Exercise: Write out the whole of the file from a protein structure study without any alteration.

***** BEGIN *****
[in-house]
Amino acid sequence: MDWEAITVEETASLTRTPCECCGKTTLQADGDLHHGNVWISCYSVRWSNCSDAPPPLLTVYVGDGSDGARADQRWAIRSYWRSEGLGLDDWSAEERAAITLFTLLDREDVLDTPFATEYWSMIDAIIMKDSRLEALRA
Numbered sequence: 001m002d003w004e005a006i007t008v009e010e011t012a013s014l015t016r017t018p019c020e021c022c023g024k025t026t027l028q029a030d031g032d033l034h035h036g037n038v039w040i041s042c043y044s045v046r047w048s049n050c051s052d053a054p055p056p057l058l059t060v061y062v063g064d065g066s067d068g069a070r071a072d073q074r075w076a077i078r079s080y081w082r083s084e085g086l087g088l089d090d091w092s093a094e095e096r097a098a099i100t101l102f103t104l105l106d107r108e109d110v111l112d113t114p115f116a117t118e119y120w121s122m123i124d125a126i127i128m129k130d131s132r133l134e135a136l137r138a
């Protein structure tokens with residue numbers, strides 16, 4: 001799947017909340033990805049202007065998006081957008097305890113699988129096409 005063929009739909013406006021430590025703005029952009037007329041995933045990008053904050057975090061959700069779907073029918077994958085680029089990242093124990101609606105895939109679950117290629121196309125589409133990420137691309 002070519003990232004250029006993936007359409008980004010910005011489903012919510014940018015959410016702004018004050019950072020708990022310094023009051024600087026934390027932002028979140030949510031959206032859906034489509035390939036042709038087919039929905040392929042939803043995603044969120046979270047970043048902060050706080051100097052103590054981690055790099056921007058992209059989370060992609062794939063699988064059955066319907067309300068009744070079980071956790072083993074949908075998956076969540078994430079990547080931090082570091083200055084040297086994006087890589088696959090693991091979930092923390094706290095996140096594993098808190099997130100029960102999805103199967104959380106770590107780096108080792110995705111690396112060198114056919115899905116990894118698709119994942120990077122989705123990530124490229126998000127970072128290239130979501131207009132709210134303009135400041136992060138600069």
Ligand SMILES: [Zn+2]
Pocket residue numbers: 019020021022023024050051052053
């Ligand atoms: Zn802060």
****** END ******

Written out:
[in-house]
Amino acid sequence: MDWEAITVEETASLTRTPCECCGKTTLQADGDLHHGNVWISCYSVRWSNCSDAPPPLLTVYVGDGSDGARADQRWAIRSYWRSEGLGLDDWSAEERAAITLFTLLDREDVLDTPFATEYWSMIDAIIMKDSRLEALRA
Numbered sequence: 001m002d003w004e005a006i007t008v009e010e011t012a013s014l015t016r017t018p019c020e021c022c023g024k025t026t027l028q029a030d031g032d033l034h035h036g037n038v039w040i041s042c043y044s045v046r047w048s049n050c051s052d053a054p055p056p057l058l059t060v061y062v063g064d065g066s067d068g069a070r071a072d073q074r075w076a077i078r079s080y081w082r083s084e085g086l087g088l089d090d091w092s093a094e095e096r097a098a099i100t101l102f103t104l105l106d107r108e109d110v111l112d113t114p115f116a117t118e119y120w121s122m123i124d125a126i127i128m129k130d131s132r133l134e135a136l137r138a
């Protein structure tokens with residue numbers, strides 16, 4: 001799947017909340033990805049202007065998006081957008097305890113699988129096409 005063929009739909013406006021430590025703005029952009037007329041995933045990008053904050057975090061959700069779907073029918077994958085680029089990242093124990101609606105895939109679950117290629121196309125589409133990420137691309 002070519003990232004250029006993936007359409008980004010910005011489903012919510014940018015959410016702004018004050019950072020708990022310094023009051024600087026934390027932002028979140030949510031959206032859906034489509035390939036042709038087919039929905040392929042939803043995603044969120046979270047970043048902060050706080051100097052103590054981690055790099056921007058992209059989370060992609062794939063699988064059955066319907067309300068009744070079980071956790072083993074949908075998956076969540078994430079990547080931090082570091083200055084040297086994006087890589088696959090693991091979930092923390094706290095996140096594993098808190099997130100029960102999805103199967104959380106770590107780096108080792110995705111690396112060198114056919115899905116990894118698709119994942120990077122989705123990530124490229126998000127970072128290239130979501131207009132709210134303009135400041136992060138600069």
Ligand SMILES: [Zn+2]
Pocket residue numbers: 019020021022023024050051052053
């Ligand atoms: Zn802060």